Bearing in mind the narrative structure, this is when I tell you how I made my next project, synthesizing the two previous attempts into a third, better alternative. Sadly, the third project is just another stumbling step in my awkward walk towards a more or less satisfactory Latin American aesthetic.

Like all my previous games, this one’s available both in English and Spanish. The translation was considerably simpler thanks to the introduction of the StoryInclude passage in Twine 1.4 that allowed me to have both languages in separate projects that were nonetheless easy to compile in a single final file. Like all my previous games, the few characters that appear have Spanish names.

I explored other things that interested me. Eioioio doesn’t spend even a hundred words before naming the city I live in, but this time I wanted to do something more interesting. I’m under the impression When Acting as a Wave happens in a fictional “troubled country” in Latin America in the 20th century, with some anachronistic reference to instant messaging. The problems the main character faces look like nothing that could happen in a developed country. However, it’s not a story about living in the Third World, and it’s exactly there where I feel lies one if my accomplishments with this game.

At no point I set out to write about anything that felt personal to me. In fact, it’s entirely possible to play this story without stopping a second to think about Latin America, that element is there but it isn’t a necessary requirement to enjoy the experience. (It’s even possible to enjoy the story and think any kind of geographic anchoring would impoverish the experience.)

Of the few games I’ve seen explore autochthonous perspectives, most present their culture as an eccentricity:

“It’s a strategy game, but with the particularity of having the Aztec empire!” “It’s a shooter, but with the particularity that you have to fight the forces of Batista in Cuba!” “It’s a platformer, but with the particularity that you play a Mexican luchador!”

The Latin American element is always generalized, or specific but famous, like something planned to be quickly picked up by a US audience. An external element, presented as a quirk mostly contradictory with the project’s nature (which, I repeat, is unsatisfactory to me but not necessarily bad: on the contrary, it seems to underscore that making games from or about the Third World contradicts the status quo in today’s interactive field, which can be very true.)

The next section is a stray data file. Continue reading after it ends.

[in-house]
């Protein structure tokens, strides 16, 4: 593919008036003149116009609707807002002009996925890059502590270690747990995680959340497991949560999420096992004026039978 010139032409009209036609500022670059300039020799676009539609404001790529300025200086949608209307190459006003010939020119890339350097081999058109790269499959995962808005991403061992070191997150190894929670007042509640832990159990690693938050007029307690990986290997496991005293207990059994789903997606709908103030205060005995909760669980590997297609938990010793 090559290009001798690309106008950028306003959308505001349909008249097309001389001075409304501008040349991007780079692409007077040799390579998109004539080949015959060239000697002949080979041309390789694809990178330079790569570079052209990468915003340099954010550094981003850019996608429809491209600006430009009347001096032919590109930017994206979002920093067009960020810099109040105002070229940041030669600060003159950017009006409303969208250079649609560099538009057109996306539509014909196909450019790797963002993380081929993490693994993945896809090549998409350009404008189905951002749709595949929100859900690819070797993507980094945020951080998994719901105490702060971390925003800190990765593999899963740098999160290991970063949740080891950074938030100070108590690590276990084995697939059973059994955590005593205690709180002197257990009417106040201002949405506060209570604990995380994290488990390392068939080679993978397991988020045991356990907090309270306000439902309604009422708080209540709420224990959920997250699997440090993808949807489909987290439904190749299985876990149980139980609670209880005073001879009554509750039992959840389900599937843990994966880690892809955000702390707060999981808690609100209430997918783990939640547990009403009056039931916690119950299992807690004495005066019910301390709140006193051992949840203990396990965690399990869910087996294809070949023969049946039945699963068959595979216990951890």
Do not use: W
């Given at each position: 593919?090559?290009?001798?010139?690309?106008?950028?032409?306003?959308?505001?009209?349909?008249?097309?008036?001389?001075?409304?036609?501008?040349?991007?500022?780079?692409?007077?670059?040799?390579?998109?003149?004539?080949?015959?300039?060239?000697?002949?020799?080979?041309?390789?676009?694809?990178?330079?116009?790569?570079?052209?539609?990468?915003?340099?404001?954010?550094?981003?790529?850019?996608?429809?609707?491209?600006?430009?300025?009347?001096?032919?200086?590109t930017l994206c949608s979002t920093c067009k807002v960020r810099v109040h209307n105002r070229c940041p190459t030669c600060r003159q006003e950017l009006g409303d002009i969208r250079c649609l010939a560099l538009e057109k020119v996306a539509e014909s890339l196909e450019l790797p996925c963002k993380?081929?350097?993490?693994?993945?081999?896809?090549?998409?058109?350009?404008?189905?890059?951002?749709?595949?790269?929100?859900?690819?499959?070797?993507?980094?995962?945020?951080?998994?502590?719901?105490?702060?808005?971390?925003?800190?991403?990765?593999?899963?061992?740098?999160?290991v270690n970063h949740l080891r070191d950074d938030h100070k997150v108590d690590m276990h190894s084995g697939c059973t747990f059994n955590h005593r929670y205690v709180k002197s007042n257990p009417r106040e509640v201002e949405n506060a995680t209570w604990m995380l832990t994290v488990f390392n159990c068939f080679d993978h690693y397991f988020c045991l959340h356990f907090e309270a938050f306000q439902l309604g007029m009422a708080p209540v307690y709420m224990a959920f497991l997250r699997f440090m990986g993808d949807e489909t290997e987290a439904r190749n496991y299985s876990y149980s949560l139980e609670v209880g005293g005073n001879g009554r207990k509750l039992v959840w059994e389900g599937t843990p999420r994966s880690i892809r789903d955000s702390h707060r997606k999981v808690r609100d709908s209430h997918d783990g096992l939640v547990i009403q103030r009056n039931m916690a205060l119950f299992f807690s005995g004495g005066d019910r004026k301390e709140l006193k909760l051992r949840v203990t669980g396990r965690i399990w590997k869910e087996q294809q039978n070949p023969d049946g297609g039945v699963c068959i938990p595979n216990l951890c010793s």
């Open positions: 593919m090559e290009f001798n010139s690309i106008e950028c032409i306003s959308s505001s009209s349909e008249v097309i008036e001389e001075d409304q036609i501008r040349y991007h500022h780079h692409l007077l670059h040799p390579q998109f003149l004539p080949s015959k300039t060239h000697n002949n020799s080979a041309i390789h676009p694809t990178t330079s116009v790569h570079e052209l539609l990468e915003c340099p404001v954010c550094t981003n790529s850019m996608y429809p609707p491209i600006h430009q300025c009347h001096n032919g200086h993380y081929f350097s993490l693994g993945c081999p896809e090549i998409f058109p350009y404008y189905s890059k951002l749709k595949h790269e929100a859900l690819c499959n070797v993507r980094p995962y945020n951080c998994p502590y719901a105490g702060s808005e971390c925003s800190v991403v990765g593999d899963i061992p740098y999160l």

Where I want to go

In the future I wanna write about what I am but knowing that just that is not enough. When Acting as a Particle is a text game about turbulent Latin American politics, but with the particularity that links to click on constitute the complete text of the game. I have a culture to share, yes, but I also have an interesting plot and an interesting way to tell it.

I want to some day see a Cart Life mod telling a week in the life of a Buenosairean cartonero. I want a game à la Papers, Please about the people controlling who goes in and out of the Malvinas. I want a Gods Will Be Watching in which you make your crew members feel better by spending an hour or two drinking mate all together. I want someone to build a Macondo whose eccentricities don’t show up in the way it’s described, but in the way its internal mechanisms react to a player’s input.

I want more than anything somebody to make something with that same spirit that cannot be reduced into a direct reference to past works that already managed their respective successes. I want new people to discover a new way of expressing themselves through the mechanics they lucubrate and the stories they tell. I want to admit I’m really not that sure of anything I’m writing, but I had lots of things in my head and I needed to dump them somewhere.

Twines to fear

I’ve been working a lot and writing very little these last few months. I hope I don’t need to clarify I’d like that to be exactly the other way around. All 2013 my creative writing stopped completely and it’s just now that I dared publishing something new. This something is my contribution to the online Fear of Twine exhibition, organized by Richard Goodness, that started on February 14 and will go on until April 18.

It’s 16 wildly varied interactive stories made with Twine by 19 wildly varied authors, and I feel very pleased to have my name there among such a crowd:

A completely linear trip of futuristic action that doesn’t give a crap what you might think on how narrative interaction should work. An eccentric comedy that made me laugh more than a few times, about a US serial killer of whom I know little or nothing. A personal expression thingy about little understood sex practices, much more in line with what one might expect from Twine but without ever losing a very personal, unique voice. The fantastic adventure of a hero who must overcome adversity on their mission to defeat an infamous dragon identified by his color that in some of the endings turns out not to be that evil (where did I hear that before?).